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Yes, Gears of War 3’s Beast mode looks brilliant. As the Locust-themed counterpart to Horde, it adds layers of depth and replayability to Gears 3’s co-op offering. But what about competitive multiplayer? In Gears 2, it felt a bit rough around the edges, like it had taken a backseat to Horde. For Gears 3, the design team has not only added the requisite new maps, weapons and abilities, but also meticulously overhauled multiplayer’s infrastructure to create a more stable, streamlined and personalized experience. During a recent visit to Epic Games’ headquarters, I got to play the latest iteration of Gears 3’s competitive multiplayer and enjoy the many refinements firsthand. Here’s what I learned.
The Retro Lancer technically violates official Gears canon, but after your first successful Bayonet Charge that will become utterly irrelevant (if you even cared in the first place.) The Bayonet Charge is like a weaponized Roadie Run, and is balanced by the fact that you need to take four or five steps to fully charge it up (a gratifying scream from your avatar lets you know it’s charged.) If you run into your target sooner, it acts like a basic melee hit.
Above: The Retro Lancer, aka the Pendulum Wars Lancer, floating in an inky void
The Retro Lancer, ironically, is also one of the best defenses against the Bayonet Charge. Damage is dealt more like a shotgun, increasing dramatically as your target gets closer. But unlike a shotgun, it has automatic fire (like a Lancer with a hell of a kick.) In practice it’s enough to stop a head-on charge, but from a flank or from behind, you're shishkebab.
The Sawed-off Shotgun is a risky proposition. It delivers a brutal one-shot kill but only at stupidly close range. It will also kill multiple enemies in that one shot, which is incredibly useful if they happen to, say, be huddled around an objective. The sawed-off shotty was especially effective for us in King of the Hill matches and for last-minute panic counters to people charging with the Retro Lancer or going for a Mantle Kick (the new move where you leap over cover and kick your enemy’s face in.) Pro tip: after shooting your load, switch immediately to your rifle and worry about reloading the shotty later. Unless you just took out the entire enemy team in one go, in which case, congrats.
The OneShot is a heavy sniper rifle that shoots through shields or cover for a, surprise, one shot kill. To prevent this from becoming a game-breaking super weapon, it has a very narrow field of view and takes forever to reload. Also, it projects a laser sight so everyone can see where you’re aiming. The OneShot was most effective when the team rallied around it in a defensible high ground. Otherwise, solo use was too risky.
The Incendiary Grenade explodes on contact like a Molotov cocktail, dousing everything around it in flames. This new grenade led to one of our favorite moments in the hands on: I’d just tossed an Incendiary Grenade into a group of Locust when a teammate charged in and landed a Bayonet Charge, skewering the burning baddie and lifting him up into the air. It was like toasting Locust marshmallows – delicious!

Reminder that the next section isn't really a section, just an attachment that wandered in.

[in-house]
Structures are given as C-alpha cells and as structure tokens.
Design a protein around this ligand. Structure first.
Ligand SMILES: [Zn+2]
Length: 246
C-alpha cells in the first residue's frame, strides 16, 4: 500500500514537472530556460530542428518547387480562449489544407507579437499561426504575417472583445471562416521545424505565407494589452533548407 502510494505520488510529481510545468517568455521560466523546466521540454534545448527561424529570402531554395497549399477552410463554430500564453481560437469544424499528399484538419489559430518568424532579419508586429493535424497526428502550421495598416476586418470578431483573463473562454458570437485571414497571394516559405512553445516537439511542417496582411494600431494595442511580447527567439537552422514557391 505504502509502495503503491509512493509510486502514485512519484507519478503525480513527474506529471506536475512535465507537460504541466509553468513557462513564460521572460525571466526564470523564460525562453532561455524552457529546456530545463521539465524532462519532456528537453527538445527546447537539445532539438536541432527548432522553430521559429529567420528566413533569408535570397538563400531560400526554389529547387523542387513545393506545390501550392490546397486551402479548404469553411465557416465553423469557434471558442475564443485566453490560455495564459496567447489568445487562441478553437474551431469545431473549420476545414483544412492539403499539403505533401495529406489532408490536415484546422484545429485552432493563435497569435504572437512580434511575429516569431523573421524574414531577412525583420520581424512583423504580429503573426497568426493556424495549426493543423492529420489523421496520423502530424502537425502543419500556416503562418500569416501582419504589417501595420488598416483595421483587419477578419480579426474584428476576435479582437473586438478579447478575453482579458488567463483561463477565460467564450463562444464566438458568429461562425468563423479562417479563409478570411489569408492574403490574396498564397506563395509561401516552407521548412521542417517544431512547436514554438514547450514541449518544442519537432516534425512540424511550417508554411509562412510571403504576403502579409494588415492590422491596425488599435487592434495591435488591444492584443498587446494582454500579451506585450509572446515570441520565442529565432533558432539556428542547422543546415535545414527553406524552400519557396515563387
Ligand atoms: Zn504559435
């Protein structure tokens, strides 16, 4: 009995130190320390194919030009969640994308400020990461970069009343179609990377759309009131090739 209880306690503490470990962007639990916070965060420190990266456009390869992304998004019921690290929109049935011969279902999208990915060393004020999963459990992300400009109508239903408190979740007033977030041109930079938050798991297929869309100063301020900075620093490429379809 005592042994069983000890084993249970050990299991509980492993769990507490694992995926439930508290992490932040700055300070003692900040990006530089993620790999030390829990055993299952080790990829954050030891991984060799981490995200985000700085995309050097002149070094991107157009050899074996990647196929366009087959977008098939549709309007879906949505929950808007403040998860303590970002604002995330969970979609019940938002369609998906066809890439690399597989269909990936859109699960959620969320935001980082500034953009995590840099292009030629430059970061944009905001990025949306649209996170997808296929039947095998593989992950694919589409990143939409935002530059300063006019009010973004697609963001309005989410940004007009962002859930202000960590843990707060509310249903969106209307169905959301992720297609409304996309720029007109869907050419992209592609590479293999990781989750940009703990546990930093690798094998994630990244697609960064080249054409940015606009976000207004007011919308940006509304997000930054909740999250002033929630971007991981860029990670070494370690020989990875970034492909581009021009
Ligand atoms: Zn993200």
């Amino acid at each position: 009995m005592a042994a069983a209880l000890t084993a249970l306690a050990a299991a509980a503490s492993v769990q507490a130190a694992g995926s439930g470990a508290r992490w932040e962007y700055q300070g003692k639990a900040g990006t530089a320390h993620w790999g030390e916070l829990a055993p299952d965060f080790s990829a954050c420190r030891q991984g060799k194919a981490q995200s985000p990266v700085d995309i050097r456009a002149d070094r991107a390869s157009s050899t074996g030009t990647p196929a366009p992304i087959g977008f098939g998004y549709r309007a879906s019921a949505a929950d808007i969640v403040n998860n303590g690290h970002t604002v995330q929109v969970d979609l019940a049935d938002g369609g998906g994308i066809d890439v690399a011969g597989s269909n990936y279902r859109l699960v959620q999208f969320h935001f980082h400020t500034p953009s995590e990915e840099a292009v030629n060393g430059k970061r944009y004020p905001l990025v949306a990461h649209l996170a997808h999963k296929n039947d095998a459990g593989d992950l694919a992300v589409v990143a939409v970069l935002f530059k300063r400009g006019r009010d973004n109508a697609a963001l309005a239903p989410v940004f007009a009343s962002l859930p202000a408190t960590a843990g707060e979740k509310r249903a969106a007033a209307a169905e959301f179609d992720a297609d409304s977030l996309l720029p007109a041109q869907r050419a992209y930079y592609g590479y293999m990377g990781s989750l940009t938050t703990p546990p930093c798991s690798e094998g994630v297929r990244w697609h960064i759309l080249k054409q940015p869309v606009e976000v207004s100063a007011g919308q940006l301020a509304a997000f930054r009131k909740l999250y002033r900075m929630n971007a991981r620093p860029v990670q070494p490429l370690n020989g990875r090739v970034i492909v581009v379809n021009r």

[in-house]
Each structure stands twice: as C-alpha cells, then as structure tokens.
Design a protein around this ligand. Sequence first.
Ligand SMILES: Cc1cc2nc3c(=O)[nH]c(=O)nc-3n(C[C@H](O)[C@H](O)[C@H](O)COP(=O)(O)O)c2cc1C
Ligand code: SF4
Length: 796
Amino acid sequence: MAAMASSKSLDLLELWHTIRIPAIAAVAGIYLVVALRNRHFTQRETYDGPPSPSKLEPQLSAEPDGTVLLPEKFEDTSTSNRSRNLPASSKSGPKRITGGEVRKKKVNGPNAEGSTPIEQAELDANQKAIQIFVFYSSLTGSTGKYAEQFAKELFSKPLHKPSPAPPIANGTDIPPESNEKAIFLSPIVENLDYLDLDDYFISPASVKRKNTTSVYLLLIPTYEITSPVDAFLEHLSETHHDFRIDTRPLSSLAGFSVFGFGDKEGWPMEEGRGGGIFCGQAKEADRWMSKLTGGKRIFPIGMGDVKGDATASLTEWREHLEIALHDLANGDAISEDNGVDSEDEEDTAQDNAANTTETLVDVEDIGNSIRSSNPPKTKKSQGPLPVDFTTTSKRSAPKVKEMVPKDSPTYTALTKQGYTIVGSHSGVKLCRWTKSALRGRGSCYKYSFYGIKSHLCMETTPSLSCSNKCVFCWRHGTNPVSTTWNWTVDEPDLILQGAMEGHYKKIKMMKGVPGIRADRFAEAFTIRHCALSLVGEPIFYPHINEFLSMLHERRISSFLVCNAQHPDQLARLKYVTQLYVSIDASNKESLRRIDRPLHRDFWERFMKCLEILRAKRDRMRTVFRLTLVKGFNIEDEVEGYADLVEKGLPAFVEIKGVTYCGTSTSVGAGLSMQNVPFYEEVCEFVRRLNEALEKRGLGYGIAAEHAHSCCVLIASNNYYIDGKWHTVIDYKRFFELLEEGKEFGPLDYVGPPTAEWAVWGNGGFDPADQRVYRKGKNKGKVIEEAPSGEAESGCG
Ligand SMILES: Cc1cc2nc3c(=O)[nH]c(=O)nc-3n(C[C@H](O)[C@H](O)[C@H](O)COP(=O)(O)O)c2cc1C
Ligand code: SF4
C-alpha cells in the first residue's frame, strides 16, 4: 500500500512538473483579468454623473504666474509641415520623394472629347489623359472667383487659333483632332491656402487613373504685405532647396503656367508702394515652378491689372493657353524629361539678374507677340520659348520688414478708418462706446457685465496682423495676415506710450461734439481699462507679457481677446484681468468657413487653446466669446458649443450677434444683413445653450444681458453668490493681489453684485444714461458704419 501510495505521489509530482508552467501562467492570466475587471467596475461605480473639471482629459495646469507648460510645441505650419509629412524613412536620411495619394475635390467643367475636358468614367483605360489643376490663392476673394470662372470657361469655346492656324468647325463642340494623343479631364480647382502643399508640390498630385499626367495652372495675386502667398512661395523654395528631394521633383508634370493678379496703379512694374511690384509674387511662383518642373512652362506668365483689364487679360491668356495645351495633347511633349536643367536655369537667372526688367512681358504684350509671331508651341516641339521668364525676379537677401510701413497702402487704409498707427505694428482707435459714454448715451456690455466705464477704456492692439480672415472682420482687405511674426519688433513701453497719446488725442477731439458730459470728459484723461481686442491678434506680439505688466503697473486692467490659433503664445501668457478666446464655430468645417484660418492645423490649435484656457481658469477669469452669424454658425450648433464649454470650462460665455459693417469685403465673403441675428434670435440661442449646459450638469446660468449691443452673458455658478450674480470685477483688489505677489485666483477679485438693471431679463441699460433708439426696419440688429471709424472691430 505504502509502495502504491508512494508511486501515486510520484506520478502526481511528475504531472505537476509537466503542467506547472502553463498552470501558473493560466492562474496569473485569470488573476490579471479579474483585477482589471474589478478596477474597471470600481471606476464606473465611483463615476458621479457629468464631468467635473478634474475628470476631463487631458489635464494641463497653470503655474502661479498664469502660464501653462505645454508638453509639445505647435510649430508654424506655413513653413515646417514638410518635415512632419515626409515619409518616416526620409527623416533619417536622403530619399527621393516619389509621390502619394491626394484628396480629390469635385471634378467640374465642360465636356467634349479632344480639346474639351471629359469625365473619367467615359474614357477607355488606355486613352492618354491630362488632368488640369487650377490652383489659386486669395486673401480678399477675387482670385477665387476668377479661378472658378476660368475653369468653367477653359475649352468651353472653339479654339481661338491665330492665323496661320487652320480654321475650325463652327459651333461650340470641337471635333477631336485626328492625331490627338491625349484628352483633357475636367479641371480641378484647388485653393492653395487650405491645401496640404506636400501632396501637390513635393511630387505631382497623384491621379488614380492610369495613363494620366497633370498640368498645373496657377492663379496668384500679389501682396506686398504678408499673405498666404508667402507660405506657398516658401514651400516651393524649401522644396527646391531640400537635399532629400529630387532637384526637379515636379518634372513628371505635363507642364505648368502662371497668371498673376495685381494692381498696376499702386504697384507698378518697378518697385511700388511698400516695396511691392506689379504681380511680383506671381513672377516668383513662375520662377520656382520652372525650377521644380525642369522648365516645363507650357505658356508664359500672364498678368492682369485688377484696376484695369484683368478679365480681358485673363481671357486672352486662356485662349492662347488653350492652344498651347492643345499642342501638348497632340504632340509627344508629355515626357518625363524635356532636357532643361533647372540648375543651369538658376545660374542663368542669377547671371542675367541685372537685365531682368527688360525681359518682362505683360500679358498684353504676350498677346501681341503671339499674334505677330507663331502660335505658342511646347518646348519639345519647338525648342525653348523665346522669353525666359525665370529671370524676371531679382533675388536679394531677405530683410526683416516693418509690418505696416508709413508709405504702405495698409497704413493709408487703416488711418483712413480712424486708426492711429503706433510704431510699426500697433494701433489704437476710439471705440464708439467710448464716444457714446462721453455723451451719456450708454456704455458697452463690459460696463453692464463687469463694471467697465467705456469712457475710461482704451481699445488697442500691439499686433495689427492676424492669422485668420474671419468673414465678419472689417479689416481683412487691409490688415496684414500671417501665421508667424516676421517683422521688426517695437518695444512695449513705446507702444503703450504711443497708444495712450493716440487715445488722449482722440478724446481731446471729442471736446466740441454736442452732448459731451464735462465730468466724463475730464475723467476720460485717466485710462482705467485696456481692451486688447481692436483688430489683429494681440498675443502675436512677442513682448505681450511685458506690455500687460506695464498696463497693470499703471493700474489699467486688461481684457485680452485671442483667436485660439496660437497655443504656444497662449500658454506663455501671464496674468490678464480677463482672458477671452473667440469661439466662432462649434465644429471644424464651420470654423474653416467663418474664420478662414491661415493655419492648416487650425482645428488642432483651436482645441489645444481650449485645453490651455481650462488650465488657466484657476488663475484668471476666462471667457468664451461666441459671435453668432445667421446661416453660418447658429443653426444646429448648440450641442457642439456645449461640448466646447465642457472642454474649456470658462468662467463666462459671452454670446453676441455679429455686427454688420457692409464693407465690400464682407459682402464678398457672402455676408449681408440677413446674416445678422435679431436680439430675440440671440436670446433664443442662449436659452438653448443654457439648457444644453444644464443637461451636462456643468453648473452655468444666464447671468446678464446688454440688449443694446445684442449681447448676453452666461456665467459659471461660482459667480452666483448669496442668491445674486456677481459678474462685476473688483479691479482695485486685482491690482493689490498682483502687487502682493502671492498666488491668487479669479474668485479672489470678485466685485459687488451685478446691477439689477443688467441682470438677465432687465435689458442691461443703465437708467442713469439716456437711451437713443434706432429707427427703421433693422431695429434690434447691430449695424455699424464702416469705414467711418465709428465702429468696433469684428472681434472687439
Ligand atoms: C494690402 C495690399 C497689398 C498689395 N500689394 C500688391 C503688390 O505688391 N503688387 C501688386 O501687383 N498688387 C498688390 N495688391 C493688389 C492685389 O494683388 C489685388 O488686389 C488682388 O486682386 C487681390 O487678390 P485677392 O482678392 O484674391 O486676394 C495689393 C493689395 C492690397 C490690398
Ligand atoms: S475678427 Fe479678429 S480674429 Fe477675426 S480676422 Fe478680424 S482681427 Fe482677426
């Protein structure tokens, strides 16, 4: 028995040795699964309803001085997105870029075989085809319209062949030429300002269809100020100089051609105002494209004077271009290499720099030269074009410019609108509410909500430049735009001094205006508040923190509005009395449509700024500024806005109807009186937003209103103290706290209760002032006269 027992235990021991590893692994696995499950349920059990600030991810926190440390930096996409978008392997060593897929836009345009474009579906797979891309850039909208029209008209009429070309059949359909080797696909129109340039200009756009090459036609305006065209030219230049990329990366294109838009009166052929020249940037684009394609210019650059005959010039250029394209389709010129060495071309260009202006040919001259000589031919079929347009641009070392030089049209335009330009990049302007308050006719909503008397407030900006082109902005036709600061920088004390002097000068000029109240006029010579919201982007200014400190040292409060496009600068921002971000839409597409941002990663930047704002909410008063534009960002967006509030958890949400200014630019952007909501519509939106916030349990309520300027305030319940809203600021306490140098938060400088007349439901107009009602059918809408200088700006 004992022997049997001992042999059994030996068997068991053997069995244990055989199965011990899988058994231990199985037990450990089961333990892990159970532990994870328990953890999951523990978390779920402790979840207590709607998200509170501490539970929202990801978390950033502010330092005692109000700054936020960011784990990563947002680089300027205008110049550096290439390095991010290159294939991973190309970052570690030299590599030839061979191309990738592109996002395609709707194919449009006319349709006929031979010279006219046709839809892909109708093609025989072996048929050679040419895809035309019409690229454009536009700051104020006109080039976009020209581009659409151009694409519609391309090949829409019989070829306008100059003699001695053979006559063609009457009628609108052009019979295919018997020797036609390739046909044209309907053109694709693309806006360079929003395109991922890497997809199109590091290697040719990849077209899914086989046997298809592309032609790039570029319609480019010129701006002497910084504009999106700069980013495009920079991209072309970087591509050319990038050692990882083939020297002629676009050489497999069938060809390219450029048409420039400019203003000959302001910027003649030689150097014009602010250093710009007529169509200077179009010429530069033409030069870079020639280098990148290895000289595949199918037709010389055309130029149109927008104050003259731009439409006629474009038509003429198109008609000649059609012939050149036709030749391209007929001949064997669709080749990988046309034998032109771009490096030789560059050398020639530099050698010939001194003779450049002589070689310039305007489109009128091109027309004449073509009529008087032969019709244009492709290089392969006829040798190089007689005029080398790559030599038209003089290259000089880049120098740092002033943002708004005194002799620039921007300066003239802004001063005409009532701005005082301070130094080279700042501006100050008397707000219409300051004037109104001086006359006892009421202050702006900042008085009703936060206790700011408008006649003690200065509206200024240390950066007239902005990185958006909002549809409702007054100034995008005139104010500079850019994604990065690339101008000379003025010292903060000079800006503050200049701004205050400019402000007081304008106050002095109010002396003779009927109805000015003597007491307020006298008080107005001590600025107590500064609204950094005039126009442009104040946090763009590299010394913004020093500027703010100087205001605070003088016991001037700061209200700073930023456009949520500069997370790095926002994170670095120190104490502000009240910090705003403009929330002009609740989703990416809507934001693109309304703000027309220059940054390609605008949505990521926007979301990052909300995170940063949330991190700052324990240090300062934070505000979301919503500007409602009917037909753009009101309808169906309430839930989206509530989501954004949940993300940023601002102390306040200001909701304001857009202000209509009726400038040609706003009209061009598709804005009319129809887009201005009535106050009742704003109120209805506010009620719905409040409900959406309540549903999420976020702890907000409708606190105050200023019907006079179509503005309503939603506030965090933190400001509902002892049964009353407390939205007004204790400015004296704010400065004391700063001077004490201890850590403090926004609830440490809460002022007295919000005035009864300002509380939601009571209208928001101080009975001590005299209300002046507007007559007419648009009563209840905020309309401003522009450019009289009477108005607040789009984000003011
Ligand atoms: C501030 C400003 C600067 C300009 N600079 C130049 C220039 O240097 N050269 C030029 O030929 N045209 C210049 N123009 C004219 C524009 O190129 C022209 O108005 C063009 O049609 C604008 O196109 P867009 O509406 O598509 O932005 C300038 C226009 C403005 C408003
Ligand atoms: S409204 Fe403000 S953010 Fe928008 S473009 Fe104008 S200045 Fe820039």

The Digger Launcher is a modified grenade launcher that fires a toothy little critter that burrows into the ground and then tunnels straight to the target, where he pops out and explodes like a frag grenade. It’s big plus was that it could easily take out enemies camped behind cover. There’s an especially gory animation if the Digger projectile hits your enemy BEFORE reaching the ground.
Research definitively shows that the burst-firing Gorgon pistol is far and away the least-used weapon in Gears 2 multiplayer. Gears 3 does away with the pistol in favor of the Gorgon SMG, an automatic point-n-spray weapon that can be used with a shield. Unfortunately, I wasn’t able to try this myself in my too-brief play session but in the demo it looked like a huge improvement over the ho-hum pistol.
The Hammerburst’s biggest change is the addition of an iron sights mode, so you can look down the barrel when firing. Though still semi-auto, we found that it fired faster than the old Hammerburst when fanning the trigger and overall felt like a much more useful weapon than it was in Gears 2. I was able to rack up a lot of kills thanks to the iron sights and increased rate of fire.
The classic Lancer gets only a minor change, to the chainsaw. Now, there is only a small window during the initial rev-up during which you can interrupt the chainsaw. This makes it easier to get chainsaw kills, but don't worry too much about people running amok with saws raised above their heads. Its balanced out by the stopping power of the Sawed-off Shotgun and the Retro Lancer, not to mention the new Bag and Tag move.
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